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Kaposi's Sarcoma-Associated Herpesvirus Induces Sustained Levels of Vascular Endothelial Growth Factors A and C Early during In Vitro Infection of Human Microvascular Dermal Endothelial Cells: Biological Implications▿

By Ramu Sivakumar, Neelam Sharma-Walia, Hari Raghu, Mohanan Valiya Veettil, Sathish Sadagopan, Virginie Bottero, Laszlo Varga, Rita Levine and Bala Chandran

Abstract

Kaposi's sarcoma (KS), a vascular tumor associated with human immunodeficiency virus type 1 infection, is characterized by spindle-shaped endothelial cells, inflammatory cells, cytokines, growth and angiogenic factors, and angiogenesis. KS spindle cells are believed to be of the lymphatic endothelial cell (LEC) type. Kaposi's sarcoma-associated herpesvirus (KSHV, or human herpesvirus 8) is etiologically linked to KS, and in vitro KSHV infection of primary human dermal microvascular endothelial cells (HMVEC-d) is characterized by the induction of preexisting host signal cascades, sustained expression of latency-associated genes, transient expression of a limited number of lytic genes, sustained induction of NF-κB and several cytokines, and growth and angiogenic factors. KSHV induced robust vascular endothelial growth factor A (VEGF-A) and VEGF-C gene expression as early as 30 min postinfection (p.i.) in serum-starved HMVEC-d, which was sustained throughout the observation period of 72 h p.i. Significant amounts of VEGF-A and -C were also detected in the culture supernatant of infected cells. VEGF-A and -C were also induced by UV-inactivated KSHV and envelope glycoprotein gpK8.1A, thus suggesting a role for virus entry stages in the early induction of VEGF and requirement of KSHV viral gene expression for sustained induction. Exogenous addition of VEGF-A and -C increased KSHV DNA entry into target cells and moderately increased latent ORF73 and lytic ORF50 promoter activation and gene expression. KSHV infection also induced the expression of lymphatic markers Prox-1 and podoplanin as early as 8 h p.i., and a paracrine effect was seen in the neighboring uninfected cells. Similar observations were also made in the pure blood endothelial cell (BEC)-TIME cells, thus suggesting that commitment to the LEC phenotype is induced early during KSHV infection of blood endothelial cells. Treatment with VEGF-C alone also induced Prox-1 expression in the BEC-TIME cells. Collectively, these studies show that the in vitro microenvironments of KSHV-infected endothelial cells are enriched, with VEGF-A and -C molecules playing key roles in KSHV biology, such as increased infection and gene expression, as well as in angiogenesis and lymphangiogenesis, thus recapitulating the microenvironment of early KS lesions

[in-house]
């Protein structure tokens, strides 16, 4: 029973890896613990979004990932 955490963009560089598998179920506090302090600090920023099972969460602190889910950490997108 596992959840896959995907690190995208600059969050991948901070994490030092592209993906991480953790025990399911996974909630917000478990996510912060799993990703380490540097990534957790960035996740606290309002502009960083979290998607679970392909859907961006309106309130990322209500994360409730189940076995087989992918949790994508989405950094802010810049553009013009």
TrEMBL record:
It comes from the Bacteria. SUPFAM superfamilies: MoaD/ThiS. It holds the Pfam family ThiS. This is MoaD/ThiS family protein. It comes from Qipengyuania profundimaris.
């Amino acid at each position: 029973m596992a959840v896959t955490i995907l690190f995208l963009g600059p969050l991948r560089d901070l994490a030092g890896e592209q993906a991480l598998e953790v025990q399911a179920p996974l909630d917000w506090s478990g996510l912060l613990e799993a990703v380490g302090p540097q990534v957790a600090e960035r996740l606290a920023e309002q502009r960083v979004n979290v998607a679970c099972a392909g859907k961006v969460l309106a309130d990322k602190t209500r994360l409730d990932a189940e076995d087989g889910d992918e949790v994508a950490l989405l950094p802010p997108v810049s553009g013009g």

Topics: Virus-Cell Interactions
Publisher: American Society for Microbiology (ASM)
OAI identifier: oai:pubmedcentral.nih.gov:2258737
Provided by: PubMed Central
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